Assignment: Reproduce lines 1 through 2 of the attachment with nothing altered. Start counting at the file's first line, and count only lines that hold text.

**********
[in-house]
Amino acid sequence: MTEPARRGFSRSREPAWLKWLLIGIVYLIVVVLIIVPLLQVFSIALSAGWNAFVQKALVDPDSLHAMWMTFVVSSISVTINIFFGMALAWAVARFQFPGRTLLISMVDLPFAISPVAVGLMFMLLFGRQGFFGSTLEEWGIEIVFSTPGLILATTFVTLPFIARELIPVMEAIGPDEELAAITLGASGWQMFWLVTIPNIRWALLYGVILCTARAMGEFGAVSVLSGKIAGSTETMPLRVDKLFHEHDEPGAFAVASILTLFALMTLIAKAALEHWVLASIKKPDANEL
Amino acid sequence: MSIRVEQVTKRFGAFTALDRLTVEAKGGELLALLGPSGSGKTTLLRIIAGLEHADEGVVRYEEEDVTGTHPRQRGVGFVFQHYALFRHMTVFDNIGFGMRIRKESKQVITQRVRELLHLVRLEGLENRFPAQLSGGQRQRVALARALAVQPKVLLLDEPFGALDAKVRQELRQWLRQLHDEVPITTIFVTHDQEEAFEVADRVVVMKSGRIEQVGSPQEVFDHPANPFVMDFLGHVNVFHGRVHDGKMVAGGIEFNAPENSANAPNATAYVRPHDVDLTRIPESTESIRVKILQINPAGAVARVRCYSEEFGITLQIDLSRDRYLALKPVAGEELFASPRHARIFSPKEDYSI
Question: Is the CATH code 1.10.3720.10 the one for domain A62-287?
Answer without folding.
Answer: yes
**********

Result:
[in-house]
Amino acid sequence: MTEPARRGFSRSREPAWLKWLLIGIVYLIVVVLIIVPLLQVFSIALSAGWNAFVQKALVDPDSLHAMWMTFVVSSISVTINIFFGMALAWAVARFQFPGRTLLISMVDLPFAISPVAVGLMFMLLFGRQGFFGSTLEEWGIEIVFSTPGLILATTFVTLPFIARELIPVMEAIGPDEELAAITLGASGWQMFWLVTIPNIRWALLYGVILCTARAMGEFGAVSVLSGKIAGSTETMPLRVDKLFHEHDEPGAFAVASILTLFALMTLIAKAALEHWVLASIKKPDANEL